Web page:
There was no dearth of marketers pushing the envelope to create some brilliant ads in 2018. But not all brands – or rather ads – are created equal.
Several of the ads that stood out this year involved brands like Nike and McDonald’s taking a stand on a political or social issues. Beyond TV commercials, this year’s most memorable ads also took the form of outdoor and experiential stunts.
As 2018 comes to a close, we look back at some of the most creative, thought-provoking, and amusing ads by marketers, ranked from good to best. Check out the year’s worst ads here.
Doritos Blaze vs. Mountain Dew Ice “Battle” (Grade: B)
Pepsi came back strong from its disastrous protest ads in 2017 with this ad for Mountain Dew and Doritos that made its debut in the Super Bowl. Peter Dinklage and Busta Rhymes teamed up against Morgan Freeman and Missy Elliot in this epic showdown between Doritos Blaze and Mountain Dew Ice.
OKCupid’s “DTF” (Grade: B)
- Wieden + Kennedy
OKCupid and Wieden+Kennedy New York reclaimed the term “DTF” – a derogatory shorthand used to slut-shame women – for this outdoor campaign, getting people across the country to unabashedly say that they were “DTF.” Despite being rejected by Chicago Transit, the campaign won praise and helped grow the dating site’s user base by 25%.
McDonald’s “The Flip” (Grade: B)
McDonald’s flipped its Golden Arches from an M to a W at one of its locations to celebrate International Women’s Day on March 8. The fast-food chain and its agency We Are Unlimited also rolled out special “W” packaging at 100 women-owned McDonald’s locations that day across the country, and changed the logo on its social channels. Some praised the move while others charged that McDonald’s was co-opting feminism without making real change, like paying its workers a living wage.
John Lewis’ “#EltonJohnLewis” (Grade: B+)
- John Lewis & Partners
This biography-style ad by adam&eveDDB tugged at the heartstrings. Featuring Elton John singing “Your Song,” the ad traces his pop stardom back to a Christmas present he received as a child.
Libresse’s “Viva La Vulva” (Grade: A-)
Last year, Sweden’s Libresse challenged a decades-old convention around marketing feminine hygiene products with its #BloodNormal campaign. This year, the brand launched an unabashed celebration of the female anatomy, specifically the vulva, to the tune of Camille Yarbrough’s “Take Yo’ Praise.”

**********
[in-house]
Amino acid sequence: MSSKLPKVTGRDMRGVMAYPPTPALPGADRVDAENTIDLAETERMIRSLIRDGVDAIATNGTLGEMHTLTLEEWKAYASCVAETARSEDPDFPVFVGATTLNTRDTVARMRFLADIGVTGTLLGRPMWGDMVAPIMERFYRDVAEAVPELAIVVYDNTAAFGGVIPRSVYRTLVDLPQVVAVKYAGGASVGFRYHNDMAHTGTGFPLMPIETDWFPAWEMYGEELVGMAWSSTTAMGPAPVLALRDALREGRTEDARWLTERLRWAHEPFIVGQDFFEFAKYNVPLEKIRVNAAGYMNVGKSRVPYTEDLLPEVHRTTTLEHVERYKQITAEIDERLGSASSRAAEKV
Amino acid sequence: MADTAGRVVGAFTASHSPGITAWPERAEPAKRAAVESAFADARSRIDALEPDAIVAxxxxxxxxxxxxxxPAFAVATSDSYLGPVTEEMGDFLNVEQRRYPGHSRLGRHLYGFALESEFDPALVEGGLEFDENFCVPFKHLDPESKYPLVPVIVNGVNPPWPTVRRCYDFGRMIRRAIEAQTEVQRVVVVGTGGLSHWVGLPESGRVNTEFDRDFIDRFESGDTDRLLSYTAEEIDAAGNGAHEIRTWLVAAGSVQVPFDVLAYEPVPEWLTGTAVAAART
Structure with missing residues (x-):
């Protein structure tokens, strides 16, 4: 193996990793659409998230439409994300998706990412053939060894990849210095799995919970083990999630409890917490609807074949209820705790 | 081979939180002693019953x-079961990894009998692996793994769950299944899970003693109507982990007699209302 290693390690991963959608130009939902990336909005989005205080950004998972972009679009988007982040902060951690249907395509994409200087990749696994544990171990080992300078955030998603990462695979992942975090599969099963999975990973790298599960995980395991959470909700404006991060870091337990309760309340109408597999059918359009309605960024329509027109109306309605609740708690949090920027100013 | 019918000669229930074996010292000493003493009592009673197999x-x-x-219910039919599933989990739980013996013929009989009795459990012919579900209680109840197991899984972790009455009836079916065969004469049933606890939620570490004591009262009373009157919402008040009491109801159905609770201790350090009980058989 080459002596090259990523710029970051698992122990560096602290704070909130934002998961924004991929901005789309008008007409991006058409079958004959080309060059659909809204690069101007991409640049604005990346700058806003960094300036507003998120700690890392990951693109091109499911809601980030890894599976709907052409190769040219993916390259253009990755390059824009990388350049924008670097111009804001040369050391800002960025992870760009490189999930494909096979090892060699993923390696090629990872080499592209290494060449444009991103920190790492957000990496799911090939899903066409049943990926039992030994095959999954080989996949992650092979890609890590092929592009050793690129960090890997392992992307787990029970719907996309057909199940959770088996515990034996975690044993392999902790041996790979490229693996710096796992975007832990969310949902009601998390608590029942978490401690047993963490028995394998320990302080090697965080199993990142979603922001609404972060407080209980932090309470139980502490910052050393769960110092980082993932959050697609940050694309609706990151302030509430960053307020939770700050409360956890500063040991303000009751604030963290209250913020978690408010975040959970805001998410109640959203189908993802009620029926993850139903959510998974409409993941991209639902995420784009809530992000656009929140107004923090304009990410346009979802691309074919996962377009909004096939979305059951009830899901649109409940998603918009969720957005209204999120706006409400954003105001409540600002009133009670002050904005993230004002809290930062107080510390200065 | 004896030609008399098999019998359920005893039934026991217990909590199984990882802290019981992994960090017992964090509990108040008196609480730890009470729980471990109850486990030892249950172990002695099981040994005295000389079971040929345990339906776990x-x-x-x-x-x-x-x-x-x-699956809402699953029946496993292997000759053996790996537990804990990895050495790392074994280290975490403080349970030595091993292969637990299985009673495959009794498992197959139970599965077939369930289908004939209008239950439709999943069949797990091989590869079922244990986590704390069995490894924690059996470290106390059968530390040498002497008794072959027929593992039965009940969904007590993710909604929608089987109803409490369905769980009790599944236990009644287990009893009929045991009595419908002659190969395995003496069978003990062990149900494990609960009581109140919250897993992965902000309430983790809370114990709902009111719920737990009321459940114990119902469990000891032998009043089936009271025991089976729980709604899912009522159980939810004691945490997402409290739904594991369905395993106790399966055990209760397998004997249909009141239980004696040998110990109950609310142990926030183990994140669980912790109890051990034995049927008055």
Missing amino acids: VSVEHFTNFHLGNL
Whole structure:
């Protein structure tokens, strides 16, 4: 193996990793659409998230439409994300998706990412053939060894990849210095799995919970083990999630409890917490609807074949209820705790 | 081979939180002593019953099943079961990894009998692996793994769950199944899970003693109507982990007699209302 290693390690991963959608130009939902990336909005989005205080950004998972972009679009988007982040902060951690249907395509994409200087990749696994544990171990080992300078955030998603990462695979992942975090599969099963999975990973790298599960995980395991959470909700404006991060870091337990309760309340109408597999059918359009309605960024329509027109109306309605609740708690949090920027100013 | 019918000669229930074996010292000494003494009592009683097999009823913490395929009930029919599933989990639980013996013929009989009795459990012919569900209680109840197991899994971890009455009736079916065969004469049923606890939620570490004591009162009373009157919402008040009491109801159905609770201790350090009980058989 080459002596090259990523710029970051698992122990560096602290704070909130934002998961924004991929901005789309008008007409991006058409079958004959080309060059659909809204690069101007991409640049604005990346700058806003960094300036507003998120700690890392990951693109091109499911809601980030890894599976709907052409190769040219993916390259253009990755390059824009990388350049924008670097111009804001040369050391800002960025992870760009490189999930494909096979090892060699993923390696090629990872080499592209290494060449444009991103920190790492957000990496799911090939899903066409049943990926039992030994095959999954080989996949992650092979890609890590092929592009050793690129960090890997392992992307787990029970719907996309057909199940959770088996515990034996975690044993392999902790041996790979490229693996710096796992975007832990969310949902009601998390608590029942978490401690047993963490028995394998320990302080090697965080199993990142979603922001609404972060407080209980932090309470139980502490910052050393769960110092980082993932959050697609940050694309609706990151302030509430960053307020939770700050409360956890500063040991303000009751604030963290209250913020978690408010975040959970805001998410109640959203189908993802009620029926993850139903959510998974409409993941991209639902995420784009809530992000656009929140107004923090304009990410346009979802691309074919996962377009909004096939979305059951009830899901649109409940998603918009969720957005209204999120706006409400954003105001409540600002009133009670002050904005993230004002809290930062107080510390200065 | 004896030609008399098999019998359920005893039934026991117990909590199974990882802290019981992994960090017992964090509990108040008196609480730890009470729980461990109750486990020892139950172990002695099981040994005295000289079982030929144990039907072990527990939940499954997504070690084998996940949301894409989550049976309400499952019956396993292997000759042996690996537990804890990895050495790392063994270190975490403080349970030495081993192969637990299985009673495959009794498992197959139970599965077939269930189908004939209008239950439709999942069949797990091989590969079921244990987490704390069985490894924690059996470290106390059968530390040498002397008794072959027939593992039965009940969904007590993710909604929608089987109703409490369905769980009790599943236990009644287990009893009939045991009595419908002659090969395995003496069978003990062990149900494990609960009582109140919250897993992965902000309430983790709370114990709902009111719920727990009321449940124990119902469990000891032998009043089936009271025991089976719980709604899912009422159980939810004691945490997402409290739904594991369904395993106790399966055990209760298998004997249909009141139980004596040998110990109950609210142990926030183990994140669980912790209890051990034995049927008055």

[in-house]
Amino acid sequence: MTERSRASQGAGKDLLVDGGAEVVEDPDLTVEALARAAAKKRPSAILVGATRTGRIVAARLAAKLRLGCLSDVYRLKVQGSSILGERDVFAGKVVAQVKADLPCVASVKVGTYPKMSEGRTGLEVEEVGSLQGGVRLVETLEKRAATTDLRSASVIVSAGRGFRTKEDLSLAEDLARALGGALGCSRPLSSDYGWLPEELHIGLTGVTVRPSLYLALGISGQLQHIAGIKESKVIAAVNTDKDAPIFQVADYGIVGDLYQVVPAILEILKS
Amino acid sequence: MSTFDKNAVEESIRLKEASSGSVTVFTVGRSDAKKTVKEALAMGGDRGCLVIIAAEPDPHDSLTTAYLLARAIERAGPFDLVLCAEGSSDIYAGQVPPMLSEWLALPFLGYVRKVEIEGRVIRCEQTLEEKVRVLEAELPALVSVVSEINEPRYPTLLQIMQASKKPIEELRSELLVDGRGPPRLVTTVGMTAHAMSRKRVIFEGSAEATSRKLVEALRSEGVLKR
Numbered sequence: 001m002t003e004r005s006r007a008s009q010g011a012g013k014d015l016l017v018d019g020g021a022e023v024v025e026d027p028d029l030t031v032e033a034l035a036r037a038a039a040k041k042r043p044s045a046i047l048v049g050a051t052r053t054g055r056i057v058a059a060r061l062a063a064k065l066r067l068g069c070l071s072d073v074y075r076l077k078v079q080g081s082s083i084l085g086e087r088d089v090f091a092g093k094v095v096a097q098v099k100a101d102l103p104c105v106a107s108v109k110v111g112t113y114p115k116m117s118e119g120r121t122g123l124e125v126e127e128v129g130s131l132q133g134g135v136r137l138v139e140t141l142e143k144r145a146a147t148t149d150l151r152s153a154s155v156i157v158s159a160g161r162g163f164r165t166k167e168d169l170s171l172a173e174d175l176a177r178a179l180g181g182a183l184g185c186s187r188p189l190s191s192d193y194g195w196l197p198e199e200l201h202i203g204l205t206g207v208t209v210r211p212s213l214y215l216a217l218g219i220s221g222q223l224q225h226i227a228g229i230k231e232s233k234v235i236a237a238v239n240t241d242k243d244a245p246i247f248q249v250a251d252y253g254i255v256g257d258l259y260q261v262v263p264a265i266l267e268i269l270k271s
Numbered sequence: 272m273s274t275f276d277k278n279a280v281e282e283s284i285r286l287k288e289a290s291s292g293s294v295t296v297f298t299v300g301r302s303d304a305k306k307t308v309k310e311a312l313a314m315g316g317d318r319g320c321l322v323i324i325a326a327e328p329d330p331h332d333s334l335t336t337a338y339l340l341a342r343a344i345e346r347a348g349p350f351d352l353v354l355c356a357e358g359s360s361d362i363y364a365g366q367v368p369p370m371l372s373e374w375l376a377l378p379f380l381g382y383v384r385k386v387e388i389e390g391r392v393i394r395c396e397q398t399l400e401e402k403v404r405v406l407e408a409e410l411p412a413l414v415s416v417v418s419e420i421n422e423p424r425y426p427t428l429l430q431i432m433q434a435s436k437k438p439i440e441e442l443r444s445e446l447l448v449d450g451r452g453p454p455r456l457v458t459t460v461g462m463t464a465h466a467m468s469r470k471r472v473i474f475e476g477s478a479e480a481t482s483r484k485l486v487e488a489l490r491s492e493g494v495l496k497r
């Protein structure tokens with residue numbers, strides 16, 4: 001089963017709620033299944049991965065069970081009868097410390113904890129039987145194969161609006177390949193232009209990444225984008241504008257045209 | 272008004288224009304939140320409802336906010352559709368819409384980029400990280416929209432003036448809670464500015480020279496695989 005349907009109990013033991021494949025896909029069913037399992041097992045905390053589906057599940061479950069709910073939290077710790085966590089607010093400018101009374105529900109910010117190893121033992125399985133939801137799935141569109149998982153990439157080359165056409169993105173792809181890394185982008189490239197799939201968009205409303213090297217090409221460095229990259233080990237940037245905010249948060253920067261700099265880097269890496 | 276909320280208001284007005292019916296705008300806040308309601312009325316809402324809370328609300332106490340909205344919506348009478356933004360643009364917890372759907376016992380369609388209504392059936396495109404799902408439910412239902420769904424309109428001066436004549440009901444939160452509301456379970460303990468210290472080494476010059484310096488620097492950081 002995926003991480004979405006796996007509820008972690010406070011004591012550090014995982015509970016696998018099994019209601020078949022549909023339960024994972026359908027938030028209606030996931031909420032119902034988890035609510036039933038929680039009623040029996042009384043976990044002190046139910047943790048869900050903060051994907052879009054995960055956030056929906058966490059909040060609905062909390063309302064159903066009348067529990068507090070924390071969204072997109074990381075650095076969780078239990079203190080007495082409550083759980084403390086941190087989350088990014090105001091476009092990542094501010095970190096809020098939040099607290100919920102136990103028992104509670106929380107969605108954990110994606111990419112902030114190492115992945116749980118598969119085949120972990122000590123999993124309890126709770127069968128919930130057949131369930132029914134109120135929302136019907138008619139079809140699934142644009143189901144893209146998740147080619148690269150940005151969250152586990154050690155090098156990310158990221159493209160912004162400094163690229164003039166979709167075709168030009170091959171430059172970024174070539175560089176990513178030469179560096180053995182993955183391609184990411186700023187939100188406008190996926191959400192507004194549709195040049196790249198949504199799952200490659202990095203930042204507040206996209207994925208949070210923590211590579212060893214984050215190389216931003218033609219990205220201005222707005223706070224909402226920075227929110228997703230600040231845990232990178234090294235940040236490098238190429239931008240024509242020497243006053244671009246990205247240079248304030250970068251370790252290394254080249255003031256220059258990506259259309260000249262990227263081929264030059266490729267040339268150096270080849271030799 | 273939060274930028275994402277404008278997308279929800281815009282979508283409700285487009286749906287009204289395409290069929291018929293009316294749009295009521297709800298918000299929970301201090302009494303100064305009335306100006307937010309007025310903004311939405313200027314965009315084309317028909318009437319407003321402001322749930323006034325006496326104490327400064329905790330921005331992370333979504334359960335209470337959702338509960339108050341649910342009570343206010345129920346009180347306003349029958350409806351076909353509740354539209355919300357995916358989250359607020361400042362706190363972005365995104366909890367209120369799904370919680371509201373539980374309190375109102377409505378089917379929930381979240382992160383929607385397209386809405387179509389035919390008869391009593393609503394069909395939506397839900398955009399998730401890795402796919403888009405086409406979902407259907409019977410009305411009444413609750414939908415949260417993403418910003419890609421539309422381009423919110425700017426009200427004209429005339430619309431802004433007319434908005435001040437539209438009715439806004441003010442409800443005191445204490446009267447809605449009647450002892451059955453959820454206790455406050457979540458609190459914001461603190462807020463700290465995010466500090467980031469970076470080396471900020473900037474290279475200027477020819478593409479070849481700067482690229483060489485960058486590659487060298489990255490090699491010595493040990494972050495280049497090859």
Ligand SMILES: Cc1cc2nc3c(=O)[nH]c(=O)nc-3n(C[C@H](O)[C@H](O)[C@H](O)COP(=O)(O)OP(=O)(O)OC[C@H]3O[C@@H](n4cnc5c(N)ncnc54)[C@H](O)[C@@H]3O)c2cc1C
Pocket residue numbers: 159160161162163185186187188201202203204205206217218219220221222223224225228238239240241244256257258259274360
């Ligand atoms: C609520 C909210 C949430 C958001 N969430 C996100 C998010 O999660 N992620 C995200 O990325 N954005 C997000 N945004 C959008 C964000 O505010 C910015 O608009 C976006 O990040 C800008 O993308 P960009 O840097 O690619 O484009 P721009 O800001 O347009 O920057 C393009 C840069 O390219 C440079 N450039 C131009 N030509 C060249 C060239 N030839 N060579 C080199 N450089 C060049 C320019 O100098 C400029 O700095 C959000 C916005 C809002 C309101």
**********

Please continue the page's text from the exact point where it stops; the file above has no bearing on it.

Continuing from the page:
Burger King’s “Whopper Detour” (Grade: A-)
To promote its app, Burger King did the unthinkable, directing customers to its biggest competitor. The campaign by FCB New York invited fans to unlock a 1-cent Whopper coupon on the app – but only when they were within 600 feet of a McDonald’s. The trolling stunt generated more than 1 million downloads in the first 36 hours, rocketing it to the top of the charts on the Apple App Store.
Google’s “Home Alone Again” (Grade: A-)
Google brought the holiday cheer for fans of the 1990 movie “Home Alone” when it roped in Macaulay Culkin to reprise his role of 8-year-old Kevin McCallister in its holiday spot for the Google Assistant. Culkin is “home alone” again for Christmas – except now he’s 38 and has an army of Google-enabled devices to help ward off the bad guys.
Amazon’s “Alexa Loses Her Voice” (Grade: A)
Amazon’s star-studded 90-second spot for the Super Bowl featured a host of celebrities, including Rebel Wilson, Gordon Ramsay and Sir Anthony Hopkins attempting to stand in for Alexa, with often hilarious results.
HBO’s “SXSWestworld” (Grade: A)
HBO put together an entire reality-meets-fantasy recreation of the sci-fi town of Sweetwater in “Westworld” during SXSW this year, where fans of the show could experience the sci-fi world for themselves. The promo by agency Giant Spoon featured highly detailed sets, costumes and dialogues for the actors on site – taking the pop-up concept to a whole new level.
Nike’s “Believe in Something. Even If It Means Sacrificing Everything.” (Grade: A+)
- Katie Canales/Business Insider
While a number of brands have taken stands on hot-button issues in recent years, few have been as bold as Nike. Nike kicked off the 30th anniversary of the tagline “Just Do It” with a campaign taking a firm stand in favor of controversial Colin Kaepernick and other athletes who’ve knelt in protest of police violence against black Americans. The campaign prompted reactions from awe to backlash, and Nike’s CEO credited the ad with sales boosts that reportedly added $6 billion to its valuation.